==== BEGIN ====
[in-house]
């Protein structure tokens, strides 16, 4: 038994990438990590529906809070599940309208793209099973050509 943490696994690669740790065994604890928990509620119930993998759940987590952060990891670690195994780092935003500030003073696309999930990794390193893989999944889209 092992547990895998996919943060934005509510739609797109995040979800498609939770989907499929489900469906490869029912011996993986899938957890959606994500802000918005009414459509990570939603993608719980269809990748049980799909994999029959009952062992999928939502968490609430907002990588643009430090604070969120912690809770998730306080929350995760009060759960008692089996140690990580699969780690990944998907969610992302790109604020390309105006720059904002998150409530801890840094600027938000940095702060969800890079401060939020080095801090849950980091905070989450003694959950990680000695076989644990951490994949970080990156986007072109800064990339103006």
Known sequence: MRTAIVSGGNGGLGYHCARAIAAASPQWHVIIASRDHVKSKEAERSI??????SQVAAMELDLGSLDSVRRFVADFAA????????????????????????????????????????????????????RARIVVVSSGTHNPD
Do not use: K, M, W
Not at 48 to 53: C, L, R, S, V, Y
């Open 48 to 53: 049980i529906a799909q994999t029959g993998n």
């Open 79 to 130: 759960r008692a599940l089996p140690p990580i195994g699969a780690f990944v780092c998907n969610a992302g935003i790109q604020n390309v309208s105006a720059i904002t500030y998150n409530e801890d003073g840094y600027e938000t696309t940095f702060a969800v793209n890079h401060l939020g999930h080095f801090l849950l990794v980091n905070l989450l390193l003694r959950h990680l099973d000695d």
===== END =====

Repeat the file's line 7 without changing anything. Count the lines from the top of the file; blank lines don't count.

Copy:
């Open 79 to 130: 759960r008692a599940l089996p140690p990580i195994g699969a780690f990944v780092c998907n969610a992302g935003i790109q604020n390309v309208s105006a720059i904002t500030y998150n409530e801890d003073g840094y600027e938000t696309t940095f702060a969800v793209n890079h401060l939020g999930h080095f801090l849950l990794v980091n905070l989450l390193l003694r959950h990680l099973d000695d």